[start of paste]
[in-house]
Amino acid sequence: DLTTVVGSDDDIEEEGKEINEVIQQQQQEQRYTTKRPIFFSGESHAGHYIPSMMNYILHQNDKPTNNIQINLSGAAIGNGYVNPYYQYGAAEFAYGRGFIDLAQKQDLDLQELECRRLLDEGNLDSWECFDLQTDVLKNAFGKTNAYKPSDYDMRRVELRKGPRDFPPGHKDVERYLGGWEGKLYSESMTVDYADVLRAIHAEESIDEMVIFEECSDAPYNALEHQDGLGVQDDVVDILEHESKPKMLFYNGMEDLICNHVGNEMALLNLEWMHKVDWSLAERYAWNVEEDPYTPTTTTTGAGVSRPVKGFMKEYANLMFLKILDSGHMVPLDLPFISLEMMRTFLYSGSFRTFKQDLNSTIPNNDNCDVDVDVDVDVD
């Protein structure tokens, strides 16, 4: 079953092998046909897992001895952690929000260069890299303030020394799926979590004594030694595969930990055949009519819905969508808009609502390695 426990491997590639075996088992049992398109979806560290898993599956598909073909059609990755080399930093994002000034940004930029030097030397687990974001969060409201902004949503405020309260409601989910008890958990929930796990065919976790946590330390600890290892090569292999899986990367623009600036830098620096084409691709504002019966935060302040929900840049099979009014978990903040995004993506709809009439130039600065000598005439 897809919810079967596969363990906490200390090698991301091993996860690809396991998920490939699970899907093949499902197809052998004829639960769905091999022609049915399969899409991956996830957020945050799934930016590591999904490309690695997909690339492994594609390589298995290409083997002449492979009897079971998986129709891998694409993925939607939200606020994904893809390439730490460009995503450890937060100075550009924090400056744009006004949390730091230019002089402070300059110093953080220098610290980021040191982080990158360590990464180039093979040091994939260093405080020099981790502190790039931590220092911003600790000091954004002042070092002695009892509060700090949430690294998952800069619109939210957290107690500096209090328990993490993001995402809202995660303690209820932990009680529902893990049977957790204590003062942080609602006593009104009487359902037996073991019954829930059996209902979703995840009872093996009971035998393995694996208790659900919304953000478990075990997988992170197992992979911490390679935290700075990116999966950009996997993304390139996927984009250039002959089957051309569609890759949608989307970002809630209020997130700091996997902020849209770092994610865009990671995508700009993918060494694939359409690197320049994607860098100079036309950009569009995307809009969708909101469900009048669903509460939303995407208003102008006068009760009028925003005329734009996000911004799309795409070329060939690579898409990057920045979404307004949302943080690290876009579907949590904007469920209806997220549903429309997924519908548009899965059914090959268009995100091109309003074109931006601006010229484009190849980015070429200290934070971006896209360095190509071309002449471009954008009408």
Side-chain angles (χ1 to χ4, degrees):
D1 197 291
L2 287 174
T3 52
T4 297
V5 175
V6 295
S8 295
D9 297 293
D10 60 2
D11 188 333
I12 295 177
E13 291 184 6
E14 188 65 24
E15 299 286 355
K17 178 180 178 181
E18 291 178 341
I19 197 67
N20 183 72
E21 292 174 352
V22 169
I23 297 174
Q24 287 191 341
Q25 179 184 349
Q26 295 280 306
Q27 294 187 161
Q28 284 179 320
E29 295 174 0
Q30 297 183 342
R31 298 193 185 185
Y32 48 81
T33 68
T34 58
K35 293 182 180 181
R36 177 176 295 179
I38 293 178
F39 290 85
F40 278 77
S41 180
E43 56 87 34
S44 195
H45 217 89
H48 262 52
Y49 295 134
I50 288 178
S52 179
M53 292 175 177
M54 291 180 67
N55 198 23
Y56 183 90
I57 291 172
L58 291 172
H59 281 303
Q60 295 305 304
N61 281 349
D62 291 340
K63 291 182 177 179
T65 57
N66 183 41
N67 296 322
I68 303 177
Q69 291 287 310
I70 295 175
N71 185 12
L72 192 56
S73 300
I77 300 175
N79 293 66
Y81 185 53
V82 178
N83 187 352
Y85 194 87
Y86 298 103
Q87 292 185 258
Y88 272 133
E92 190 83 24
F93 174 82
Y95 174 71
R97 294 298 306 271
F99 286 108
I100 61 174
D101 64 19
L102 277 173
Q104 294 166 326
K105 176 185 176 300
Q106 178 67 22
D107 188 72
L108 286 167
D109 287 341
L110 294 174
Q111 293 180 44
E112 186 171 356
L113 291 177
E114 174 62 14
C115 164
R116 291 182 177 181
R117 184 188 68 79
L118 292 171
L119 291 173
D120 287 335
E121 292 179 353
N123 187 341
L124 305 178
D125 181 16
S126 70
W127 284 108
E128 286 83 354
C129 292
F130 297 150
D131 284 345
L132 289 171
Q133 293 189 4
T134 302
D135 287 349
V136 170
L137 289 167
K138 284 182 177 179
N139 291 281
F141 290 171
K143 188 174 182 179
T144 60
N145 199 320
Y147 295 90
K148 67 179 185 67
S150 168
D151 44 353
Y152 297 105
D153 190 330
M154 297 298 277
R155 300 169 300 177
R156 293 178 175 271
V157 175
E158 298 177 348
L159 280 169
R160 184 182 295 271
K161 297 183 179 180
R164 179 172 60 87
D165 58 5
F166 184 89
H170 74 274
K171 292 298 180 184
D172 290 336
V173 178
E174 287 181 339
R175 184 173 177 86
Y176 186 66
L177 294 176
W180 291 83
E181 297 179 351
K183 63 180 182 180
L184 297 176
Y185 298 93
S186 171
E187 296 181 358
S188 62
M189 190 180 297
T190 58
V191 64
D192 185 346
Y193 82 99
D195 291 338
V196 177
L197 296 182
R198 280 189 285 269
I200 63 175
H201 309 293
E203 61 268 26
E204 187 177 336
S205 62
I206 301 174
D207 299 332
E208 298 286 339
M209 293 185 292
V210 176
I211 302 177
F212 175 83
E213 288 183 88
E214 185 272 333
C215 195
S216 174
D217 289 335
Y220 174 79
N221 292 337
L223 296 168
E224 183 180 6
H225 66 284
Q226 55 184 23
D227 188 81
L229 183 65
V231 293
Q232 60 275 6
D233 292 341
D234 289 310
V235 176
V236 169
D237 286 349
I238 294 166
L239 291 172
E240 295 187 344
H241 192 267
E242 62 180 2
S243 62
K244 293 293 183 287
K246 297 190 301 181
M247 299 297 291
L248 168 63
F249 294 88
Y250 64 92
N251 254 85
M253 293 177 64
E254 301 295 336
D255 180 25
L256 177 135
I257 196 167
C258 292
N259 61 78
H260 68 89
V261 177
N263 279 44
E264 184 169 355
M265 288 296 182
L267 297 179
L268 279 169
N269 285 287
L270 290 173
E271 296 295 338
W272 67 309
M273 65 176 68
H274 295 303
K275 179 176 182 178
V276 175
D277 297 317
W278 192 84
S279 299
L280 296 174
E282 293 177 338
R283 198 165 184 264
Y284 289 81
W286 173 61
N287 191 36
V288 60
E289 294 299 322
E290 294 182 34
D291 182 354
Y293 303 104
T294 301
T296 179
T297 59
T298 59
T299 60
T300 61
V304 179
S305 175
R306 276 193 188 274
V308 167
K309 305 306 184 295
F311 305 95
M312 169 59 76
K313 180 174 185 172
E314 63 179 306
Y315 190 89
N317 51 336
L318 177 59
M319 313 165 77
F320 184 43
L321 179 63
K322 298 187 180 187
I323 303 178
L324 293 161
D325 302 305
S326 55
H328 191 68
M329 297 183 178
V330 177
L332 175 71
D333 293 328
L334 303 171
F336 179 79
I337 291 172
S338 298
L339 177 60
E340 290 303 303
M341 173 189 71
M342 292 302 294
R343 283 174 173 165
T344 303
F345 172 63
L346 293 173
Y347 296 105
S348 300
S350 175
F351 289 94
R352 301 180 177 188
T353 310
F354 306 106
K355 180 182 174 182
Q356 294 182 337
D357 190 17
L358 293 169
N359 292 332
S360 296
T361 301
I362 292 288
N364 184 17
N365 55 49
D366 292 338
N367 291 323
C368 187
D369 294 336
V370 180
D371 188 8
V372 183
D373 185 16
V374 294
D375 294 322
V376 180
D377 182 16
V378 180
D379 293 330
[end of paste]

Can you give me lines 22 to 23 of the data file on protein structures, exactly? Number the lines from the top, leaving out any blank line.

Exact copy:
N20 183 72
E21 292 174 352